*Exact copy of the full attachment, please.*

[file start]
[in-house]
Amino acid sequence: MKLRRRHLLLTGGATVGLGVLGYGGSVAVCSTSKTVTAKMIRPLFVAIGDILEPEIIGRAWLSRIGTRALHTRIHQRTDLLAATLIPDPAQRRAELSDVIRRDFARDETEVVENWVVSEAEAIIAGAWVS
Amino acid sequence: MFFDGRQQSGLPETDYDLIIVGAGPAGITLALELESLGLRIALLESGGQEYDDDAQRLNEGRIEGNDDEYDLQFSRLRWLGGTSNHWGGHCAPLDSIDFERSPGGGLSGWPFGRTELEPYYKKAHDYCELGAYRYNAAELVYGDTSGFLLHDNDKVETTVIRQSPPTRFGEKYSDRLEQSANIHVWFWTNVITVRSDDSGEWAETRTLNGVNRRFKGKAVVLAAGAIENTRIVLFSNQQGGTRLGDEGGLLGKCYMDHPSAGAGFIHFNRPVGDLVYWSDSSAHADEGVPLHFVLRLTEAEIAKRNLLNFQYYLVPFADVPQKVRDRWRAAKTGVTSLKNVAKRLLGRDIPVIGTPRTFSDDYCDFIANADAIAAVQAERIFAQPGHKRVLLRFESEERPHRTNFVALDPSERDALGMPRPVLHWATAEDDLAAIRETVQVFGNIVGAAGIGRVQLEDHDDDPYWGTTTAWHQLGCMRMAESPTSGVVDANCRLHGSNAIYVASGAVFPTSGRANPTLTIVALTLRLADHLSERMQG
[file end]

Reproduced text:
[in-house]
Amino acid sequence: MKLRRRHLLLTGGATVGLGVLGYGGSVAVCSTSKTVTAKMIRPLFVAIGDILEPEIIGRAWLSRIGTRALHTRIHQRTDLLAATLIPDPAQRRAELSDVIRRDFARDETEVVENWVVSEAEAIIAGAWVS
Amino acid sequence: MFFDGRQQSGLPETDYDLIIVGAGPAGITLALELESLGLRIALLESGGQEYDDDAQRLNEGRIEGNDDEYDLQFSRLRWLGGTSNHWGGHCAPLDSIDFERSPGGGLSGWPFGRTELEPYYKKAHDYCELGAYRYNAAELVYGDTSGFLLHDNDKVETTVIRQSPPTRFGEKYSDRLEQSANIHVWFWTNVITVRSDDSGEWAETRTLNGVNRRFKGKAVVLAAGAIENTRIVLFSNQQGGTRLGDEGGLLGKCYMDHPSAGAGFIHFNRPVGDLVYWSDSSAHADEGVPLHFVLRLTEAEIAKRNLLNFQYYLVPFADVPQKVRDRWRAAKTGVTSLKNVAKRLLGRDIPVIGTPRTFSDDYCDFIANADAIAAVQAERIFAQPGHKRVLLRFESEERPHRTNFVALDPSERDALGMPRPVLHWATAEDDLAAIRETVQVFGNIVGAAGIGRVQLEDHDDDPYWGTTTAWHQLGCMRMAESPTSGVVDANCRLHGSNAIYVASGAVFPTSGRANPTLTIVALTLRLADHLSERMQG